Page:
Artificial Intelligence (AI) advancements over the past several months have significantly impacted cyber security, as they have with other industries. We’ve seen examples of ChatGPT writing exploits, offering security advice, and assisting with tasks like reverse engineering. These are incredibly powerful tools, yet they are still not truly intelligent.
However, the next step-change in AI will be reaching the event horizon called Artificial General Intelligence (AGI). When AI systems can understand, learn, and apply knowledge across various domains, and provide answers based on many forms of input, which may change over time as it learns more about the subject, this is called AGI. It will certainly become a powerful tool in the fight against cybercrime, but the same technology may also become a cyber weapon. This blog explores the potential of AGI in cyber security and discusses how far we are from this reality.
What is AGI?
To be fully realised as an AGI, the system must have the cognitive flexibility and adaptability to perform any intellectual task that humans can, without being limited to a specific domain or narrow set of tasks. Some of the attributes that define an AGI include:
- Generalisation: The AI should be able to generalise knowledge and skills across subject domains, adapting to new situations and solving problems without additional training.
- Learning: AGIs learn from experience, acquiring new knowledge and skills through interacting with the environment around them, absorbing feedback, and undertaking self-improvement, as we all do when we learn from our mistakes.
- Reasoning: The system can reason, plan, and problem-solve. It must be able to understand and manipulate concepts and relationships, including those not explicitly added during training.
- Creativity and innovation: This is the biggy. The AGI needs to have the ability to generate new ideas, concepts, and solutions by combining existing knowledge in novel ways. This will likely be the hardest aspect of AGIs to fully implement.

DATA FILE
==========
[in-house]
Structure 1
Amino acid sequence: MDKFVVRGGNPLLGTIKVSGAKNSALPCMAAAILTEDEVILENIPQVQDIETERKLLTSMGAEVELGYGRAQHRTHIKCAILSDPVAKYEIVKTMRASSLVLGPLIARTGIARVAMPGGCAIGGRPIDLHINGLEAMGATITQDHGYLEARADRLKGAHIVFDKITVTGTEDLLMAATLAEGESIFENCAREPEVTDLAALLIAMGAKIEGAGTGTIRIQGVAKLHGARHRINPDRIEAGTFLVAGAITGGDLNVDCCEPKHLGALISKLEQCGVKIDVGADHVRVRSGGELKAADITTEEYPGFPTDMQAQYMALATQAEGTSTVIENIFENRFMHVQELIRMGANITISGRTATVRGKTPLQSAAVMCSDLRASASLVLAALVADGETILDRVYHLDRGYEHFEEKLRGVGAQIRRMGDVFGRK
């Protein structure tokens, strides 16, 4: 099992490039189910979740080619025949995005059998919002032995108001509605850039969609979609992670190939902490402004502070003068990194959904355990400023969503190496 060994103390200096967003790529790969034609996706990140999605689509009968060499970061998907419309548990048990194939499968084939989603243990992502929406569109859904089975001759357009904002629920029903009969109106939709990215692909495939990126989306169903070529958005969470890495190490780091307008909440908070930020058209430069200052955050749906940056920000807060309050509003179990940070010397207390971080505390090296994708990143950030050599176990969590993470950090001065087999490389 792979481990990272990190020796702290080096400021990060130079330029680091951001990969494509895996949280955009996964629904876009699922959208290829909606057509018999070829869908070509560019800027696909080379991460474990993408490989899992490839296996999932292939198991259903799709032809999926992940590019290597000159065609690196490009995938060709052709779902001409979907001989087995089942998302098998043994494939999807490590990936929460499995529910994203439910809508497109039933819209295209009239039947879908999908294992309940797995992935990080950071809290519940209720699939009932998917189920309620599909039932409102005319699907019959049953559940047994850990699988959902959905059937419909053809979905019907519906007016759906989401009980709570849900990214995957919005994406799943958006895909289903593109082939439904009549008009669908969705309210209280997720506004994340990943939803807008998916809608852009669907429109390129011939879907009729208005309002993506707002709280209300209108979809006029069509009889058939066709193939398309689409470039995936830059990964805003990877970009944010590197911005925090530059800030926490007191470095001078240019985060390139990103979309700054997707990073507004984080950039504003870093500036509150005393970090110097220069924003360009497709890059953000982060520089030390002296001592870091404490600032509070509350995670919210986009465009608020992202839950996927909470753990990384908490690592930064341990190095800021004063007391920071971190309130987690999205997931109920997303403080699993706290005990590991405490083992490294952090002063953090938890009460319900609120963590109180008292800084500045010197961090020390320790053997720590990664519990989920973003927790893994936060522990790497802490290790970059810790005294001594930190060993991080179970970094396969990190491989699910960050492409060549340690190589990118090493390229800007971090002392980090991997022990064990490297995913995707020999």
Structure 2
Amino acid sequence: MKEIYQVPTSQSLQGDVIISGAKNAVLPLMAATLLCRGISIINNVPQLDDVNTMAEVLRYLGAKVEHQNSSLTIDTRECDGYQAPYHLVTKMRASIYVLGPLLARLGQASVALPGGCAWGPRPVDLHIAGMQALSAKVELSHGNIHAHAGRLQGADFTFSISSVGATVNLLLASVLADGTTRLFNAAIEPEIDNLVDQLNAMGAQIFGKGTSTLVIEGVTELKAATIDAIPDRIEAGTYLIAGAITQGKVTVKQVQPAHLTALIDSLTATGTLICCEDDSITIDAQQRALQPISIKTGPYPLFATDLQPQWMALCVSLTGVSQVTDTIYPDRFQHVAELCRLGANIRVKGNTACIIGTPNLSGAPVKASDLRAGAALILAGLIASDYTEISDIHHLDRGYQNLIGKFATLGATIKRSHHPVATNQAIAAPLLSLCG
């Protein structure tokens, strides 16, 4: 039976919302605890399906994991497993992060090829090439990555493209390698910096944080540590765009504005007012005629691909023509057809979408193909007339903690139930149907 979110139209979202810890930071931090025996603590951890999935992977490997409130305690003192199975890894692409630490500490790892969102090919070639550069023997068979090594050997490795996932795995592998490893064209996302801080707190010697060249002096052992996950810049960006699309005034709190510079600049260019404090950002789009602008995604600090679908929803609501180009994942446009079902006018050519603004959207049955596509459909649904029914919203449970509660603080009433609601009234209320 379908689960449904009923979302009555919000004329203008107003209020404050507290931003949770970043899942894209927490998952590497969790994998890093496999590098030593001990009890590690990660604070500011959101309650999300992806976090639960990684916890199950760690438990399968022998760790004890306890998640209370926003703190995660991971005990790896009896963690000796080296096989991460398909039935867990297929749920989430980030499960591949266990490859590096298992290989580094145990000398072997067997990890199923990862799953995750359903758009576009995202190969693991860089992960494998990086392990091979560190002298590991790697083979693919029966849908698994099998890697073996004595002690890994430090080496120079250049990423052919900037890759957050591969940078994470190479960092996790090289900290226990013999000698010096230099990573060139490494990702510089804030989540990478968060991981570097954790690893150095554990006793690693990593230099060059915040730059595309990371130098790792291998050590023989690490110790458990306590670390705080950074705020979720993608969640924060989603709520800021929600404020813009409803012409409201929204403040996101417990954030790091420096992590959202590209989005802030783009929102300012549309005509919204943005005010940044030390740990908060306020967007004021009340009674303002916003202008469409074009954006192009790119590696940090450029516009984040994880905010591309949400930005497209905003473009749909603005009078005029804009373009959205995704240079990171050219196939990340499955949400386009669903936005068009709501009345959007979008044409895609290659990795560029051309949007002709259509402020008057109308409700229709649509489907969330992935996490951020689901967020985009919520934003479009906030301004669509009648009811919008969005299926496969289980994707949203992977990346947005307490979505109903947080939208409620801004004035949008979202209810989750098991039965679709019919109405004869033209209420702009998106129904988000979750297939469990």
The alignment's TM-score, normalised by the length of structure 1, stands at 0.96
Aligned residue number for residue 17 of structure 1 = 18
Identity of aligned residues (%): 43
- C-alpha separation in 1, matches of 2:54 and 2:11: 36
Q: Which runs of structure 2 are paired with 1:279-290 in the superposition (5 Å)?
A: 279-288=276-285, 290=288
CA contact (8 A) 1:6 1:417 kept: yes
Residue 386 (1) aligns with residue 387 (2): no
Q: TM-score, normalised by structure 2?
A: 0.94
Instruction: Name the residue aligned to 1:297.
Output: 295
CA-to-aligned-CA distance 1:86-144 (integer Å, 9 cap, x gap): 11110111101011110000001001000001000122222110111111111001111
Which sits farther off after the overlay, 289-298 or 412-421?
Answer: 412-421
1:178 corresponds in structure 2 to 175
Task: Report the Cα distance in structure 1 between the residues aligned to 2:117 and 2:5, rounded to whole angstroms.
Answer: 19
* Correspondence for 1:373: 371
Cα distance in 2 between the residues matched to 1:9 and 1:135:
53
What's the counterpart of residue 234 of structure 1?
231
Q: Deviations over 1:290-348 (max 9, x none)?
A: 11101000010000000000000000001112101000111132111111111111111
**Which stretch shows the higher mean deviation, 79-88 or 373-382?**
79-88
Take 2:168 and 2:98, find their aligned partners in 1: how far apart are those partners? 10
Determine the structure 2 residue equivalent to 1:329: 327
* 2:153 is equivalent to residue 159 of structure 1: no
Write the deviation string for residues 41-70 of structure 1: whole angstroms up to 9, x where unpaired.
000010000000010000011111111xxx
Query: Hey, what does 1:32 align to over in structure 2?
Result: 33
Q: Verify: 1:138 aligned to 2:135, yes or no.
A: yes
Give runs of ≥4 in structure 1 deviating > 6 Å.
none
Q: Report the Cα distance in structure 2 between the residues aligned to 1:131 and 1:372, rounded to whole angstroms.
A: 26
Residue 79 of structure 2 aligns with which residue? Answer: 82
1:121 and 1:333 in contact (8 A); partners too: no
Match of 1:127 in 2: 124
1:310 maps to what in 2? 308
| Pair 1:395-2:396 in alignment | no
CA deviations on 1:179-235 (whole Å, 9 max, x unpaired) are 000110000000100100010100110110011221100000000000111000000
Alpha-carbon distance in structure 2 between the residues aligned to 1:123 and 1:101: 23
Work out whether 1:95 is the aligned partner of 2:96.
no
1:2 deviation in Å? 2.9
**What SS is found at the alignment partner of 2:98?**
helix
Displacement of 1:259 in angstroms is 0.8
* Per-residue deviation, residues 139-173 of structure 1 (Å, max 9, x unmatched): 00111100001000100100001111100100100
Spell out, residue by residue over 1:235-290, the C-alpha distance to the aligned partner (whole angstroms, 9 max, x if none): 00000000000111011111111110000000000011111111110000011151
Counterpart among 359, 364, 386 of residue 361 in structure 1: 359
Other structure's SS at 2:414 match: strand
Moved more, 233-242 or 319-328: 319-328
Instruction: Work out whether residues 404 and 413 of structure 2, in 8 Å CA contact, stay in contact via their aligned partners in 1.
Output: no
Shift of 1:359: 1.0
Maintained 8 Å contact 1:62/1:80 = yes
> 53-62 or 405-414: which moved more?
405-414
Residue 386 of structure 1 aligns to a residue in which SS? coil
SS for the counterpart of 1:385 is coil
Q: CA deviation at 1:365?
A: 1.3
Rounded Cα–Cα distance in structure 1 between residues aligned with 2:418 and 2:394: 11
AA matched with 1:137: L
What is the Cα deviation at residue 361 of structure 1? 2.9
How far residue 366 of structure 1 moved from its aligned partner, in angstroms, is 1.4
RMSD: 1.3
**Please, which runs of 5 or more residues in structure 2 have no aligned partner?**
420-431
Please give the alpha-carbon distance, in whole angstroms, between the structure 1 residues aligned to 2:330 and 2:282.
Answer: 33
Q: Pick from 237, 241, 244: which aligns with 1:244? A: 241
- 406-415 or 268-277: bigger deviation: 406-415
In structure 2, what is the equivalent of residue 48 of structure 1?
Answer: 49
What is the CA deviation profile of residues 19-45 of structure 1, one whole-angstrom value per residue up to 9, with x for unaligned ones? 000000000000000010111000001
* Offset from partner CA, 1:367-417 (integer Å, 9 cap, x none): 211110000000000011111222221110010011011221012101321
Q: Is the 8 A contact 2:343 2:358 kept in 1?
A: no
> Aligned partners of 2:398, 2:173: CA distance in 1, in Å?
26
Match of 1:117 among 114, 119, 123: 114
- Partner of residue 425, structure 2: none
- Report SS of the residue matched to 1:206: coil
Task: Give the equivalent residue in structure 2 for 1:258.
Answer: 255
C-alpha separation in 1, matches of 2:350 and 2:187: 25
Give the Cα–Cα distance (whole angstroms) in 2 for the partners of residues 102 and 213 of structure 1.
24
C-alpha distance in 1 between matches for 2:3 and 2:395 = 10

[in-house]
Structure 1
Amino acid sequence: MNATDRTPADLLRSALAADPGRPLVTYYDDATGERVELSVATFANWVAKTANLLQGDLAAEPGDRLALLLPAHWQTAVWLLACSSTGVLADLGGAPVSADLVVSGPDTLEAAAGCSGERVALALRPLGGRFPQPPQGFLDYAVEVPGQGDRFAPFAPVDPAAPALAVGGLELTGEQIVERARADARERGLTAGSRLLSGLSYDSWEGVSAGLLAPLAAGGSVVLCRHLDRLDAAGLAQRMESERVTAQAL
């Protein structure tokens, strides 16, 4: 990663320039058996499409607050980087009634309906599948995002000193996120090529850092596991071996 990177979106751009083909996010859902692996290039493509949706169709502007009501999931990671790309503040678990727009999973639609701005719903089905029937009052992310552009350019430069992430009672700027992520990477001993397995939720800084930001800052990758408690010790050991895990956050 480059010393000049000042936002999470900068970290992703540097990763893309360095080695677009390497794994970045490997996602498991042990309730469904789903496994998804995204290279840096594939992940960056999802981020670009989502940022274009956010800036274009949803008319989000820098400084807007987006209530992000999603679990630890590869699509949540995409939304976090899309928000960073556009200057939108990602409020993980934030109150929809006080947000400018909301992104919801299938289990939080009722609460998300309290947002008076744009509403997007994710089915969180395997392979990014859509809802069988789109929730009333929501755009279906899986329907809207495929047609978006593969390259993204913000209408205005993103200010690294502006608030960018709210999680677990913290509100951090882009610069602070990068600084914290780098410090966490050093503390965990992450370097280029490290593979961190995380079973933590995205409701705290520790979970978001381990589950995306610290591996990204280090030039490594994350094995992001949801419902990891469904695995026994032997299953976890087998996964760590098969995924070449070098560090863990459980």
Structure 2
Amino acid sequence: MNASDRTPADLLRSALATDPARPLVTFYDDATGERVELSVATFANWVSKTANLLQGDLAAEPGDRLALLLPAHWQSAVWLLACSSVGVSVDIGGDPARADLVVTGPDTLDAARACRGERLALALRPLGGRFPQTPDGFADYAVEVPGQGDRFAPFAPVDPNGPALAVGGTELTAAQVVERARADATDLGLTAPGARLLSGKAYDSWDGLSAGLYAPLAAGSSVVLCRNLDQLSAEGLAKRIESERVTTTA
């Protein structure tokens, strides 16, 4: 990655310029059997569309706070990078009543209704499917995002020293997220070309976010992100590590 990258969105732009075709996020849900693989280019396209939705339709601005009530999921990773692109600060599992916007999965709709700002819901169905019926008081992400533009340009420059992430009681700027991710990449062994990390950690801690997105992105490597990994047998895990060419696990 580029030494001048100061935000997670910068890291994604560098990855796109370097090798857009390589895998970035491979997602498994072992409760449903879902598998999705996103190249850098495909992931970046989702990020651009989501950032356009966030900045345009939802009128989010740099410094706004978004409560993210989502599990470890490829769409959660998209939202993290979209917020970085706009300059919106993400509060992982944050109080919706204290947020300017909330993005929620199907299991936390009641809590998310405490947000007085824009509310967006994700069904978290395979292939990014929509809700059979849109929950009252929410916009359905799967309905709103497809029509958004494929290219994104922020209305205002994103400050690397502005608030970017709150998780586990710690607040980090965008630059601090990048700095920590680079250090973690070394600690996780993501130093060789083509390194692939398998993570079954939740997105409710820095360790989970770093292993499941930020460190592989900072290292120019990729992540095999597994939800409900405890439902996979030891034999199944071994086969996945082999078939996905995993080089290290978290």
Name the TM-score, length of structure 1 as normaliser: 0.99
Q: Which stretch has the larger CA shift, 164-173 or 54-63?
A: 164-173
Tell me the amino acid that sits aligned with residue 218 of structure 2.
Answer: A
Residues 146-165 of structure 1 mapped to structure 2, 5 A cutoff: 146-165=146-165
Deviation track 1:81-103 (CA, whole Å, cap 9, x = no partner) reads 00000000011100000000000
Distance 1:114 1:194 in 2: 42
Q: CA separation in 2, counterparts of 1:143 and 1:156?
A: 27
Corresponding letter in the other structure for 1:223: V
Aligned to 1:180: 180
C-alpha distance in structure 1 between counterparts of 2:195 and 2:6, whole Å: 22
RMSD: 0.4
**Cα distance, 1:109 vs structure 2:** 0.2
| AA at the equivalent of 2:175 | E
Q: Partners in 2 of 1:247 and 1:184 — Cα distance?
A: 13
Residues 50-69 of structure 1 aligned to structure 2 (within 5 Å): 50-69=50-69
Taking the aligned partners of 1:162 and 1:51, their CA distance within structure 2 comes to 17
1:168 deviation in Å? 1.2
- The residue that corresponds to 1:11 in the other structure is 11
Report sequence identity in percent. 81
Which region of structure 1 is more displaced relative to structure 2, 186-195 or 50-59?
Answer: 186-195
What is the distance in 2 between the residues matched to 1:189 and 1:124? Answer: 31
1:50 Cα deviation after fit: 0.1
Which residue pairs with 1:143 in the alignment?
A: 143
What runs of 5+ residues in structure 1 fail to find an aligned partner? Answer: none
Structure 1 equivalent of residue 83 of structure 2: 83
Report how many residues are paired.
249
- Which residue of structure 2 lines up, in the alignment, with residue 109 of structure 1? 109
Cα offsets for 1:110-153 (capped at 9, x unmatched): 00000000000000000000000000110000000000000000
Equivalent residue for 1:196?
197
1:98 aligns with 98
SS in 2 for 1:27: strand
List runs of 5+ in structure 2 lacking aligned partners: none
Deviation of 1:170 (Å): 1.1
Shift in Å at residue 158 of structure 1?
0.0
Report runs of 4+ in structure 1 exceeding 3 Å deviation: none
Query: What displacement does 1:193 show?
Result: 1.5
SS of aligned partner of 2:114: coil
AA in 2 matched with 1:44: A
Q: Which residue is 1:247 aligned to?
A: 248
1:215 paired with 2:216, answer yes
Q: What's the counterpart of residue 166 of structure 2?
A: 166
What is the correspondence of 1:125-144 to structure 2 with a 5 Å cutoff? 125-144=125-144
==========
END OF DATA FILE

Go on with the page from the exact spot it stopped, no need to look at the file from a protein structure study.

- Common sense: The AGI understands the world and can apply common sense to make sense of ambiguous or incomplete information, just as we do.
Intuition and emotion: This may be one of the more controversial aspects of AGI, as it could lead to decisions being made based on human-like emotions, but with the power of the AGI behind it. It’s this aspect that most science fiction focuses on where the AGI turns against its “master” because of its feelings.
Some of the capabilities AGIs will bring to cyber security are much more developed than current levels of chatbots or simple recommender systems. For example, an AGI working in the SOC team may be able to anticipate a threat actor’s next move. Using feeds from all the organisation’s systems in real time it could analyse the threat, predict the evolution of the attack, and contain it. This kind of automated incident response means the AGI will continuously analyse the nature of the breach, identify compromised systems, and take necessary actions to mitigate the damage. Its ability to learn and adapt will allow it to respond to attacks more efficiently than human analysts can today.